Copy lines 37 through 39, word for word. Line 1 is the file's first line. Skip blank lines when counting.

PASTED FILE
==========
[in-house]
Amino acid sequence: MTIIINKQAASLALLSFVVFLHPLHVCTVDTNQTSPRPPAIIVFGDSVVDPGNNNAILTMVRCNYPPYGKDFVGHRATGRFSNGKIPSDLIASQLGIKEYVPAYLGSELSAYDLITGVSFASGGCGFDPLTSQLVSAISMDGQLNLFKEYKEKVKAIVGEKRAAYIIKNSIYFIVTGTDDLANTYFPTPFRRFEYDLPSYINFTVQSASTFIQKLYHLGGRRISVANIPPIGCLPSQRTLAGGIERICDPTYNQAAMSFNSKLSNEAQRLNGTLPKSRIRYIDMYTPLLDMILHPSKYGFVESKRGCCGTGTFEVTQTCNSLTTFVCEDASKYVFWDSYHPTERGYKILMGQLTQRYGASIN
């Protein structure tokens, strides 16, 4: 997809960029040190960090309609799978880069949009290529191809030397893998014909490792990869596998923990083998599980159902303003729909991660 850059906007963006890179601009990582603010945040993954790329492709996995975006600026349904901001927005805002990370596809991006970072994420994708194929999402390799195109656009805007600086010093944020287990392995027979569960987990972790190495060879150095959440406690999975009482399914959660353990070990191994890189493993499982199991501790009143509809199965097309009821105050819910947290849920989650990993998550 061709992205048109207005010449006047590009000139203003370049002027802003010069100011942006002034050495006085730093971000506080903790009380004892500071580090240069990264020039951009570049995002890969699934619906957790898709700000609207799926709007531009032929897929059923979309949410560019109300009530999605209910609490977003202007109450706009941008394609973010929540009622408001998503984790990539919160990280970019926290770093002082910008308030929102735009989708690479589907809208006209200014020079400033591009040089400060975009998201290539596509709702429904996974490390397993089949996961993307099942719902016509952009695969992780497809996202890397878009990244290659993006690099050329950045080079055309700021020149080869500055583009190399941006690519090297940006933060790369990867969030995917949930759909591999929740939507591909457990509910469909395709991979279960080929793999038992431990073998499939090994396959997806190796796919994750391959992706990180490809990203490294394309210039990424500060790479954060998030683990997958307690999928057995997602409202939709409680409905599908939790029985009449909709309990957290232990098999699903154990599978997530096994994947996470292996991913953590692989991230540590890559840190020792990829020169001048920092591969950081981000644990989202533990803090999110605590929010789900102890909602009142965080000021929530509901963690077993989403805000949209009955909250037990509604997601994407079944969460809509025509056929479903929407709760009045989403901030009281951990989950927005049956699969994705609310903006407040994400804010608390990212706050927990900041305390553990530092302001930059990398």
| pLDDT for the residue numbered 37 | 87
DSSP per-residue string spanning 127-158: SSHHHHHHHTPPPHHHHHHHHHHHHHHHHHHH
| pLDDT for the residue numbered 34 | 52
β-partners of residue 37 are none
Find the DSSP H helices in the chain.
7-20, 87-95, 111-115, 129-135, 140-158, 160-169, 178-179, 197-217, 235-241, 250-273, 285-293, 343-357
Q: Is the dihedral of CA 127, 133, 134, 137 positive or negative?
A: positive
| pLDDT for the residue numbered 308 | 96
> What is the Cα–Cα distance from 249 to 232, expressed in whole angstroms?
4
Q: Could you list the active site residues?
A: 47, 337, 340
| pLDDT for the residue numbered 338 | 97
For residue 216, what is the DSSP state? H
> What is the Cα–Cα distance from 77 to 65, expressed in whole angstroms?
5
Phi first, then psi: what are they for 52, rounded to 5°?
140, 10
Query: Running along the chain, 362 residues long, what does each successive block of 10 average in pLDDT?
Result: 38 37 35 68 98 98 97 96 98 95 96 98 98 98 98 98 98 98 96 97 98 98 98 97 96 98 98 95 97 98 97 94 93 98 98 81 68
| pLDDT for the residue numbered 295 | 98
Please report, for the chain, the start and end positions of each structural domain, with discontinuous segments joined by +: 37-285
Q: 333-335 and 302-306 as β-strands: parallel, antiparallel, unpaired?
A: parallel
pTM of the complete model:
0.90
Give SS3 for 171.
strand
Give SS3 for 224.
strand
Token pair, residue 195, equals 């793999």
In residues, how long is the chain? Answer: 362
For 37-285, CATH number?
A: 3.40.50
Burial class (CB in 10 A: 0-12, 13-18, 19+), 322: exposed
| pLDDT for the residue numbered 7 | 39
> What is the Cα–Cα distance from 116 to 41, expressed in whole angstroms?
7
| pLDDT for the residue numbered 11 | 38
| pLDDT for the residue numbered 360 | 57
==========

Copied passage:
For 37-285, CATH number?
A: 3.40.50
Burial class (CB in 10 A: 0-12, 13-18, 19+), 322: exposed